There is no link between the measles, mumps, and rubella vaccine (MMR) and autism, a definitive study has concluded.

The nationwide study—the second of its kind—tracked 657,461 Danish children born between 1999-2010.

Yet a new project by the Royal Society for Public Health found that one in four parents mistakenly believe “you can have too many vaccinations”, while almost half encounter anti-vaccine messages on social media.

Vaccine-preventable diseases like rabies and influenza are resurfacing in the US, alongside measles, declared ‘eliminated’ in 2000. Japan recently endured its worst measles outbreak in years. MMR and cervical cancer vaccine rates are dropping in Britain and the Netherlands.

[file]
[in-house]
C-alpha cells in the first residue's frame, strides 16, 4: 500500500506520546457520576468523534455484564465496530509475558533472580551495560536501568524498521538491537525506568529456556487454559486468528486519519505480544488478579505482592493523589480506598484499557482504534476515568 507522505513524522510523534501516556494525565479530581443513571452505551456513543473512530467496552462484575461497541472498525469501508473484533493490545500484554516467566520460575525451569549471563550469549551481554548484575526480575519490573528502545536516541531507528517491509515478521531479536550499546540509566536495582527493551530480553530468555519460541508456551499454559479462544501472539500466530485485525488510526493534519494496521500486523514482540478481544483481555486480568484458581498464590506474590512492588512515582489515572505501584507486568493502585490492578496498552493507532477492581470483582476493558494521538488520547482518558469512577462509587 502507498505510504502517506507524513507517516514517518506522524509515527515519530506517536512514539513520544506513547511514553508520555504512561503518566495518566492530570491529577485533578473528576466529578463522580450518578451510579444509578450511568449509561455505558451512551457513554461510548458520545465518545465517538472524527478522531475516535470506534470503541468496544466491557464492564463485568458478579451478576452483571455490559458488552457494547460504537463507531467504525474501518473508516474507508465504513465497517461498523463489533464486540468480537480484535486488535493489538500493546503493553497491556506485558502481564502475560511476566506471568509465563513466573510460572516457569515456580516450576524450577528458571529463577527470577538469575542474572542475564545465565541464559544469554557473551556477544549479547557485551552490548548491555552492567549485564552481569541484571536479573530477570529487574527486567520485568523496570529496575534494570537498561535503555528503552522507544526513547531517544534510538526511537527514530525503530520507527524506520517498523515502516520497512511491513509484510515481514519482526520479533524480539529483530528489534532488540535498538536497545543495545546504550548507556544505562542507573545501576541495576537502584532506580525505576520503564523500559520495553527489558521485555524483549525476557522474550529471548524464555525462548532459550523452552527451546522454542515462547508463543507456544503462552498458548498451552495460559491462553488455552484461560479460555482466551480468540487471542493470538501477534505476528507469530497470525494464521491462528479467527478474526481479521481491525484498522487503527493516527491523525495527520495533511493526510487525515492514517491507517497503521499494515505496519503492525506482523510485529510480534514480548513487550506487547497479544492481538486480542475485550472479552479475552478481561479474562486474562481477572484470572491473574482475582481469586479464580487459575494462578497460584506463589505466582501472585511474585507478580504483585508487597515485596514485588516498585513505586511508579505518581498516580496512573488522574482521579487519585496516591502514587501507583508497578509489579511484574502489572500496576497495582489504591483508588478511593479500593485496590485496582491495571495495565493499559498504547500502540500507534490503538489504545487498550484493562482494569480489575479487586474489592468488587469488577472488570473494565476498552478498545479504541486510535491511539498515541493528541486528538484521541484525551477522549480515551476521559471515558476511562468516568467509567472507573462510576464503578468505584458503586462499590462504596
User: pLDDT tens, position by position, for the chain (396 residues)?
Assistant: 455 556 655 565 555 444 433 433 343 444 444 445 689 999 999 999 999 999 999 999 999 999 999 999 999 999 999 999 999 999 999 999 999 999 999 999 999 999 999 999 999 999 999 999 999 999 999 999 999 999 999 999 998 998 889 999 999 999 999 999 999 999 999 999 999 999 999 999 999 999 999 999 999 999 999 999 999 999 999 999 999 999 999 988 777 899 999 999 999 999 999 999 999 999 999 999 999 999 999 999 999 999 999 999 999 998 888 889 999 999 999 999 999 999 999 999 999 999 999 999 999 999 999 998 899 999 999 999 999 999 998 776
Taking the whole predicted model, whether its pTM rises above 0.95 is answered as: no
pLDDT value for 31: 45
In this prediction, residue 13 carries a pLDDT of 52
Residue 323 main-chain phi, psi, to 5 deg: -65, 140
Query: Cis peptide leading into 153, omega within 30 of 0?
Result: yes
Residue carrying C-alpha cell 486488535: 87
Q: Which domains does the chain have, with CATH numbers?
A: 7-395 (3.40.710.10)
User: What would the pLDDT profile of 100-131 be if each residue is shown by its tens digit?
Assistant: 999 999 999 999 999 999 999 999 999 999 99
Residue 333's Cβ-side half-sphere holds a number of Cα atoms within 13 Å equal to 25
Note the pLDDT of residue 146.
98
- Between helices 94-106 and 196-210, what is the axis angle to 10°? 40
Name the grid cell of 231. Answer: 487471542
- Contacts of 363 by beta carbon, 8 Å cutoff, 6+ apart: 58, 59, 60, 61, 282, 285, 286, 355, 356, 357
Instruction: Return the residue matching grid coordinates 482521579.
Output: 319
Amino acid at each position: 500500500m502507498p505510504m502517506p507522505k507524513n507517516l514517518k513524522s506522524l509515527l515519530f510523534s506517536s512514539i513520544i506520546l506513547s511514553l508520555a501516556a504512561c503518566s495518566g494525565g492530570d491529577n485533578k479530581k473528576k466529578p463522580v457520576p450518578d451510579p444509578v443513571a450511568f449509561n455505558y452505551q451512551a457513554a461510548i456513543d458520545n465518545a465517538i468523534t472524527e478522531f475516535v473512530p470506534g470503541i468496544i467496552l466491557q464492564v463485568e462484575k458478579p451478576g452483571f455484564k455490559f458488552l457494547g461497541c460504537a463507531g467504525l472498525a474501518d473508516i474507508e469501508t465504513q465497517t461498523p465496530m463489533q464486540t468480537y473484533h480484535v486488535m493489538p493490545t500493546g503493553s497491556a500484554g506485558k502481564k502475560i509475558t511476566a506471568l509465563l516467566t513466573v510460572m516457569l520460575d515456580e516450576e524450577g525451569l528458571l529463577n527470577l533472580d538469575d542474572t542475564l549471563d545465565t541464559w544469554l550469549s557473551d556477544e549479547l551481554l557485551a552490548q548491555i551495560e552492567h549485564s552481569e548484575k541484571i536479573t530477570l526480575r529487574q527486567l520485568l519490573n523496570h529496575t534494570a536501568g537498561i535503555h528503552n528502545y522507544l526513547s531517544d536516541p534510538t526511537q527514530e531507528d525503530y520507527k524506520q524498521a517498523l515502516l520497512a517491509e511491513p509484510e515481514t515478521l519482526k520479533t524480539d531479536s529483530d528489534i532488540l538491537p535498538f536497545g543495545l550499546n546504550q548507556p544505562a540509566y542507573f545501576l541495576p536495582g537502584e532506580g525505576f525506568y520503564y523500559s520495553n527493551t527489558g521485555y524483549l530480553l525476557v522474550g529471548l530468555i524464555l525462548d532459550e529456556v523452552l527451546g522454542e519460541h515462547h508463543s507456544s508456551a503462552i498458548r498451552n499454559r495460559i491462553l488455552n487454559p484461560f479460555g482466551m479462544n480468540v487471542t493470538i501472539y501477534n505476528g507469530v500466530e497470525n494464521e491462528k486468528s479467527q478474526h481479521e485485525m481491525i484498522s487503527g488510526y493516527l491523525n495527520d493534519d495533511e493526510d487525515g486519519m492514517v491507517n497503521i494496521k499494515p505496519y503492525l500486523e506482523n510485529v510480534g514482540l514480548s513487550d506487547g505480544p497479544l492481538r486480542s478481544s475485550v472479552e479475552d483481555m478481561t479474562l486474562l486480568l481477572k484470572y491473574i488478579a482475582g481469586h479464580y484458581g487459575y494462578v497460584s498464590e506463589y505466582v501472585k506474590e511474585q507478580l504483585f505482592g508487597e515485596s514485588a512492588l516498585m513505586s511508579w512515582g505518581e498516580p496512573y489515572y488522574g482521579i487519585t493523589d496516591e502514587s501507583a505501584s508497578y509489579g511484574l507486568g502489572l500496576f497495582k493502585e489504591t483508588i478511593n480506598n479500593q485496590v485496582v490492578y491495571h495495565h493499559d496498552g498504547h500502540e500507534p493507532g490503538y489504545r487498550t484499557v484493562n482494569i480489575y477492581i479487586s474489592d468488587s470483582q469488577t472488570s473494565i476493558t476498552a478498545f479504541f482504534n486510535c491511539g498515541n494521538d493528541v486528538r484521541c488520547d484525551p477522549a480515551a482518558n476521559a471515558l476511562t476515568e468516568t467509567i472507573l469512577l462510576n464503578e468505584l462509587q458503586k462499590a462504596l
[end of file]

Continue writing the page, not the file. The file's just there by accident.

Historically, people associate vaccines—especially when compulsory—with excessive state power.

Nevertheless, numerous countries consider vaccination essential to national security, requiring prospective visitors be immunised against diseases like yellow fever, polio, and malaria.

Last February, however, unvaccinated French tourists reintroduced measles to Costa Rica, which has been free of native cases since 2006.

Should travellers not vaccinated against a disease be barred from countries which have eradicated that particular pathogen? Or would this represent excessive & unlawful restriction to freedom of movement?

How should we balance civil liberties with countries' right to protect citizens from illness?


Source: WHO


Credit for this article's header image goes to Getty.